In February 2016, Henry Cammack began selling bottles of raw Jersey milk at Bread & Butter Farm in Shelburne under the name Henry's Dairy. This week, he closed the dairy and started selling his cows.
Since Bread & Butter's inception, providing milk from cows living on the land has been part of its model. And, given that the farm draws crowds with its weekly burger nights and its well-stocked farmstand, the closure may come as a surprise.
"It basically comes down to finances," Cammack said. He had unexpected costs and, like many food businesses, the dairy was already operating on a shoestring.
Another side effect of being undercapitalized was going it alone. "I was working between 60 and 80 hours every week, milking 13 times a week, and didn't have the money to hire employees," Cammack said. "I got really worn down."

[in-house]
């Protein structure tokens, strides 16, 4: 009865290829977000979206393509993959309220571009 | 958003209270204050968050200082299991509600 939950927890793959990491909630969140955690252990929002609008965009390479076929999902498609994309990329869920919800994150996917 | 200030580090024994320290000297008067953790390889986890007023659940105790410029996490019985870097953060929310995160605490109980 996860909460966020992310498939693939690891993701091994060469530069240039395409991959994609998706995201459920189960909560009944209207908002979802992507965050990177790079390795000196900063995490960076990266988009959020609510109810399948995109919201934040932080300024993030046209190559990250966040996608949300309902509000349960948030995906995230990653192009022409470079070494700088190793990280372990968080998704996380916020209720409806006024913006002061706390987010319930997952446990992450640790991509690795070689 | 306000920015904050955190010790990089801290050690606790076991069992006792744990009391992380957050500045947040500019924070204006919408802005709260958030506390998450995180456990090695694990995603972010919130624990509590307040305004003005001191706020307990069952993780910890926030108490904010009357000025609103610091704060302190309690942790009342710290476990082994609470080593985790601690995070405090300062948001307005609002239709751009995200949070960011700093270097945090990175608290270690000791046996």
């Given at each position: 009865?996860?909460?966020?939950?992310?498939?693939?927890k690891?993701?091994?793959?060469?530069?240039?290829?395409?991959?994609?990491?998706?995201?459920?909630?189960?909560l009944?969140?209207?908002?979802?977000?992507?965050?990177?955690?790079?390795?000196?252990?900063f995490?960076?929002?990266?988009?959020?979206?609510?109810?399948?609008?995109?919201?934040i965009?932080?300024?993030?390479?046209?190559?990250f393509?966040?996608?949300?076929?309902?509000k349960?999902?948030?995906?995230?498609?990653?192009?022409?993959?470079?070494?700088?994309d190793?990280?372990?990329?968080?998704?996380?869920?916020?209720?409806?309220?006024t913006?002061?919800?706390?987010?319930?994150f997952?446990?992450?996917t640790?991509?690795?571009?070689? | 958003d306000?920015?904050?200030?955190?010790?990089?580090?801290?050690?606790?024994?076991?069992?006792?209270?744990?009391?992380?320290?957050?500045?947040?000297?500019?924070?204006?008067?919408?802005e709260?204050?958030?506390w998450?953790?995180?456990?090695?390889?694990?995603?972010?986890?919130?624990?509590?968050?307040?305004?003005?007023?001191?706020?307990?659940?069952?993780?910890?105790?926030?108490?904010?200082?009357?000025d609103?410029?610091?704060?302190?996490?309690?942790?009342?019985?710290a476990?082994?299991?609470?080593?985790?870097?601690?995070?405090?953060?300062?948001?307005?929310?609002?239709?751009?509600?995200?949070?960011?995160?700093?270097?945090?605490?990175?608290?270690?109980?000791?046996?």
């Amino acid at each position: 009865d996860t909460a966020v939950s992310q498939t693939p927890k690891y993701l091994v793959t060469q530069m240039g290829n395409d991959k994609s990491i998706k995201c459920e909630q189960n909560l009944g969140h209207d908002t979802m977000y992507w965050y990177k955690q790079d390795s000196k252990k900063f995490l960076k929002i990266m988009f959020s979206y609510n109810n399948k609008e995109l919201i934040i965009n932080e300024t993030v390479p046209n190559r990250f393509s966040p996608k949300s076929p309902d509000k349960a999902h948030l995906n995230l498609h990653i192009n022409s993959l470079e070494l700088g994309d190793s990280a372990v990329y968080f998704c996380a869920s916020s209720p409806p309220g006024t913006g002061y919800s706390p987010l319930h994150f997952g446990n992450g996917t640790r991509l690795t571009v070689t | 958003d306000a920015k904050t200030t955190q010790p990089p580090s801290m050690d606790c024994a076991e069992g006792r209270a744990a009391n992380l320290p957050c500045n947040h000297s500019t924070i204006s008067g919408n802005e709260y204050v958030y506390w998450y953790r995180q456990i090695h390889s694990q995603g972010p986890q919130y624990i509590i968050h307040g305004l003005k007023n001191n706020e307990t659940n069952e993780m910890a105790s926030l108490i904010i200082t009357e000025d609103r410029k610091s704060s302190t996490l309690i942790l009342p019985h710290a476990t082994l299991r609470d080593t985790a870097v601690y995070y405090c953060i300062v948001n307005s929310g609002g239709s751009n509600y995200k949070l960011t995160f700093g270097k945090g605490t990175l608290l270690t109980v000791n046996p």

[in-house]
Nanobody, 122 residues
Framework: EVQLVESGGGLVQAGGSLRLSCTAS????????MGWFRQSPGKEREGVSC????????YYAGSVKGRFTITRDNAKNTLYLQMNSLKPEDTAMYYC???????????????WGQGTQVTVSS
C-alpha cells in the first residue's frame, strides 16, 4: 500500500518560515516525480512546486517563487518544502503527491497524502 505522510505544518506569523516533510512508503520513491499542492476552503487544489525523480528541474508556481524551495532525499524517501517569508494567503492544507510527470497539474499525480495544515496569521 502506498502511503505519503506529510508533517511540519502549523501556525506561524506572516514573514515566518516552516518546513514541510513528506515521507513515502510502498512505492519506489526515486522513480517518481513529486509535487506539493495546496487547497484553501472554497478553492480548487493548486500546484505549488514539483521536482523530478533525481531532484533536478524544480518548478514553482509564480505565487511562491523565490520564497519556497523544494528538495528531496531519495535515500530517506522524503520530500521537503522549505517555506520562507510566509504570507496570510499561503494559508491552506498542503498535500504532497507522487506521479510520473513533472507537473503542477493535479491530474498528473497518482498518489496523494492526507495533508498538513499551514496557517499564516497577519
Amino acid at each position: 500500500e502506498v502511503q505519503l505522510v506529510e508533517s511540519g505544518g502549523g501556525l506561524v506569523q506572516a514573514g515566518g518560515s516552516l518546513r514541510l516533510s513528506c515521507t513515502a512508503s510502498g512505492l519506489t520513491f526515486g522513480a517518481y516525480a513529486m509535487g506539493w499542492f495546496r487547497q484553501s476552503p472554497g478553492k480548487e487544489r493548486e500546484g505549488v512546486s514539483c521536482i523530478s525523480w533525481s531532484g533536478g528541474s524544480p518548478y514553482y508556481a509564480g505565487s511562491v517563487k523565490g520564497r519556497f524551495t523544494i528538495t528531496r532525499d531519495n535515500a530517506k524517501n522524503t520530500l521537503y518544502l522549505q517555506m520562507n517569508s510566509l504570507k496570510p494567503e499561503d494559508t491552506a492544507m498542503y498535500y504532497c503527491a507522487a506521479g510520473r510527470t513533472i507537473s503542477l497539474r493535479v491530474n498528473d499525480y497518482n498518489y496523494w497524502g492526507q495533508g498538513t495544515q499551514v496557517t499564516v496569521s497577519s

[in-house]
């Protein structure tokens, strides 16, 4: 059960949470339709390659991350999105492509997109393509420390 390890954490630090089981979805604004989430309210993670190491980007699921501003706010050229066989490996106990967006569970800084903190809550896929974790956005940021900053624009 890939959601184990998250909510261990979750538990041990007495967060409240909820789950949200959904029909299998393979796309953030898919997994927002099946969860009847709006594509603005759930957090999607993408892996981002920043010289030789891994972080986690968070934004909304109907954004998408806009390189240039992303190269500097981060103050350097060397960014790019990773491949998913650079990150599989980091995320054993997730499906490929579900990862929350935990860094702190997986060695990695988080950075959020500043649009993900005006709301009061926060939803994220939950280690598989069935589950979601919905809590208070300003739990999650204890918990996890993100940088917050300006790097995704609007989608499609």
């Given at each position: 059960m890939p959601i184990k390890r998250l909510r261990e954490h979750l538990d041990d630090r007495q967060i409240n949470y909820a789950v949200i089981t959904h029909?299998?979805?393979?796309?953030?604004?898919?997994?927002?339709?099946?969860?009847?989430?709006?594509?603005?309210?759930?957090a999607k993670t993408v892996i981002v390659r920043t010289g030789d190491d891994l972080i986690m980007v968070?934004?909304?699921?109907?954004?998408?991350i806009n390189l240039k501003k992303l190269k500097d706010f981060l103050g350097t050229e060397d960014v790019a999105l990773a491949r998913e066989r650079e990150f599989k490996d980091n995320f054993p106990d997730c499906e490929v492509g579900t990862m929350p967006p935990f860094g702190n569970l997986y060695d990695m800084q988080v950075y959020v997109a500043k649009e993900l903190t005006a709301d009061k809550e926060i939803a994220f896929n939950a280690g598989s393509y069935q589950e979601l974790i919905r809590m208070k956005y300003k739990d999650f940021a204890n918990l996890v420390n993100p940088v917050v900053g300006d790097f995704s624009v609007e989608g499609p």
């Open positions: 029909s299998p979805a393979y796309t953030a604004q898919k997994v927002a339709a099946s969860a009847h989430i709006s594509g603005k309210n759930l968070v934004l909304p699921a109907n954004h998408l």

Cammack has sold some of his herd to Family Cow Farmstand in Hinesburg, and is in talks with other dairy farmers. Knowing where some of his cows are going, he said, has improved his mood. "I cycle between feeling like absolute garbage and thinking, Thank God this is being lifted off my shoulders," he said.
Overall, Cammack said, he still believes there's a demand for raw milk — but his sales didn't ramp up fast enough. He's grateful for the learning experience Henry's Dairy provided. "I was 24 when I started this farm," he noted. "If I'm really honest with myself, I think I bit off a little bit more than I could chew."
"We're really sad to see Henry's Dairy go," said Bread & Butter's Corie Pierce. "We weren't in a position to take it over at this time, as we'd hoped to do if Henry moved on. We're very hopeful that we'll have a dairy here again in the future."